Italy approves sweeping reforms of online gambling


Italy is to see sweeping reform brought to its online gambling sector, in the first reorganization of igaming since 2011.

Known as the Reorganisation Decree, the legislation was proposed by the Ministry of the Economy and Finance (MEF) of the Italian Government.

The now-approved decree hopes to protect those vulnerable to gambling such as minors and promote cautionary messaging awhile introducing self-limitation on gambling platforms.

License reform

Italy will now enact a new licensing reform framework with the hope of generating funds to promote responsible gambling campaigns, as reports SBC News.

Operators in Italy known as ‘concessionaires’ will be taxed 3% tax for operating gambling services. Applications for online gambling licenses will now come with a €7m authorization fee.

This is a healthy jump from the current fee of €200,000 and has been criticized by gambling unions in Italy.

Alphabet Inc’s YouTube and popular streaming platform Twitch were fined by Italian lawmakers last month for breaching the terms of the 2019 Dignity Decree which bans gambling advertising.

YouTube was fined €2.25m and Twitch a fee of €900,000, showing Italy is serious about its decision to tighten gambling reform. Italy is not the only country to turn to stricter laws to combat the trials and tribulations of gambling.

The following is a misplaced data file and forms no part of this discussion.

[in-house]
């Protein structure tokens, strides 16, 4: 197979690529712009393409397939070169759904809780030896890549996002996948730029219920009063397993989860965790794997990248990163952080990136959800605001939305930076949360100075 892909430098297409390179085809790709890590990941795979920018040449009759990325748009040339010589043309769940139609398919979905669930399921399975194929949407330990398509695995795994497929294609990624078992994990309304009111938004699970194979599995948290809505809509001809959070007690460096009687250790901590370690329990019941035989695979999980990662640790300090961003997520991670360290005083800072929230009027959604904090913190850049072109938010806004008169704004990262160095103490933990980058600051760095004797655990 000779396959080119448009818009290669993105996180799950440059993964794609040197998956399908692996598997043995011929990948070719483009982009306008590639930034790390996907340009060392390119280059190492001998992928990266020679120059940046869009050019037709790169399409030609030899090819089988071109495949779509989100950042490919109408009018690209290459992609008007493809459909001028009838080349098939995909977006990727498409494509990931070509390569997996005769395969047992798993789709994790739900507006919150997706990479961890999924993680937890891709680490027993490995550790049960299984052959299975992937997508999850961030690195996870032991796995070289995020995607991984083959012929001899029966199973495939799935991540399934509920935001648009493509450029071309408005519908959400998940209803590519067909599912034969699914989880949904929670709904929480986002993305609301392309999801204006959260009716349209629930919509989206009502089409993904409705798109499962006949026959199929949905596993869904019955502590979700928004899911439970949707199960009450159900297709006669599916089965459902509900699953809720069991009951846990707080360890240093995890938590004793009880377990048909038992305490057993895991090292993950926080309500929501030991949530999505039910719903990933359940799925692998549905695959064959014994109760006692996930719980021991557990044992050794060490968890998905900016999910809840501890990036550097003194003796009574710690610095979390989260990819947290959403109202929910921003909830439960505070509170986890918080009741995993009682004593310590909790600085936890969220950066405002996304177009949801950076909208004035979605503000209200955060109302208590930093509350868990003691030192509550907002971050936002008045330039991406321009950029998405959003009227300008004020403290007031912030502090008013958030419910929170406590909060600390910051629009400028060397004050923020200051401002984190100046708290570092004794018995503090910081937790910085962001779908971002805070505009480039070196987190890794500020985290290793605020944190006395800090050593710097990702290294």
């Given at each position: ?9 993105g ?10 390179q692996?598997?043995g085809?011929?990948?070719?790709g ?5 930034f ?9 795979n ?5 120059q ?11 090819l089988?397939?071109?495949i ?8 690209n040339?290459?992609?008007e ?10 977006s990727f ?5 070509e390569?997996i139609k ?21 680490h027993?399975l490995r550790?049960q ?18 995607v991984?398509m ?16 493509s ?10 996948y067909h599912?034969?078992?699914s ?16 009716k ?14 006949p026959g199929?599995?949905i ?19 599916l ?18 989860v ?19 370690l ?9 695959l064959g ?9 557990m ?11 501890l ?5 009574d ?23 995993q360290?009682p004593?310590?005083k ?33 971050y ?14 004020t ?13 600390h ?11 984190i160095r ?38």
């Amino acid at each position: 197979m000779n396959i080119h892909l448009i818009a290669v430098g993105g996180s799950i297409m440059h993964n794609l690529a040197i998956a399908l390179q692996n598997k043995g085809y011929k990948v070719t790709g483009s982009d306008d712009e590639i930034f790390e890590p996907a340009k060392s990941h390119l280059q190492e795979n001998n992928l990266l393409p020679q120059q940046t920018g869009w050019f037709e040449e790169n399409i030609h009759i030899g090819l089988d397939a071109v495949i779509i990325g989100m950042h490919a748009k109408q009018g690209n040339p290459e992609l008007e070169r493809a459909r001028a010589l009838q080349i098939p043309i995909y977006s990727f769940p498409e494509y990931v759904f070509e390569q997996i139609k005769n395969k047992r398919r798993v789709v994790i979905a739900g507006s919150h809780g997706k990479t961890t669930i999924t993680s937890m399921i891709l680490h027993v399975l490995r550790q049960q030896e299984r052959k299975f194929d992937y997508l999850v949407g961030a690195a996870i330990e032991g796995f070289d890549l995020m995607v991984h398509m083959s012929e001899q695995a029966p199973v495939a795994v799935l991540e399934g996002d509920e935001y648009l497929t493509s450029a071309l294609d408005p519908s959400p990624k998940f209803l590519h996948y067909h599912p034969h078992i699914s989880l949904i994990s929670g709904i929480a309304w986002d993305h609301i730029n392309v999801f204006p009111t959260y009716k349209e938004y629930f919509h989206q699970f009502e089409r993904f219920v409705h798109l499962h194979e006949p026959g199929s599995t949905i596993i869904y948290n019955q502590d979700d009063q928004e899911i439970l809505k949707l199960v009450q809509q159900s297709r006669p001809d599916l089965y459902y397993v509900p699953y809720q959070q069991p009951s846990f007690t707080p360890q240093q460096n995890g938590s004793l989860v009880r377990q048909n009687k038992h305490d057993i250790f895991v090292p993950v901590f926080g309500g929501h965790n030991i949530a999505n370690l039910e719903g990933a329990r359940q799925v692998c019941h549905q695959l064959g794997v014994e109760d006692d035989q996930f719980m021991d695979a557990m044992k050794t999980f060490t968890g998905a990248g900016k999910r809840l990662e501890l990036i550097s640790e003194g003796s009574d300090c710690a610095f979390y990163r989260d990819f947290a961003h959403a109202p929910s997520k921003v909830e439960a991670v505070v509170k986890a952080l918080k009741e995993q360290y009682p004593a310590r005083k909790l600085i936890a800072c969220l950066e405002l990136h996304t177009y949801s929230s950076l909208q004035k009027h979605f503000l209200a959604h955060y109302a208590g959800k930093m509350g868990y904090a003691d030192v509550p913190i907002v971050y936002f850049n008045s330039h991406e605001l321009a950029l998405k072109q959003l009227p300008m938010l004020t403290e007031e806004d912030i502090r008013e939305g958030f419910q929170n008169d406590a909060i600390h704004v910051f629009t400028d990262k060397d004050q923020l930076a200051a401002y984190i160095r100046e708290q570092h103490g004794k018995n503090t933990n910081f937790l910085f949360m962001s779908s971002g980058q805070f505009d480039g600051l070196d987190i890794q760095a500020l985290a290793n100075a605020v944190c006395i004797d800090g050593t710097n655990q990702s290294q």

The Australian Media and Communications Agency (AMCA) found that some of the top betting sites in Australia have breached in-play betting rules.

This has prompted the parties responsible for the breach to revise their in-play trading rules to avoid a heavy penalty.

Earlier in December 2023 the Australian Federal Parliament also passed legislation banning the use of credit cards to fund online betting accounts.

The New South Wales Government was forced to act as locals in the area had lost a reported $4.3bn to poker machines. A report will be generated by a panel of 16 industry experts to the Australian government that covers 4500 poker machines across 24 local government areas.

Photo Credit: JÉSHOOTS, Pexels.


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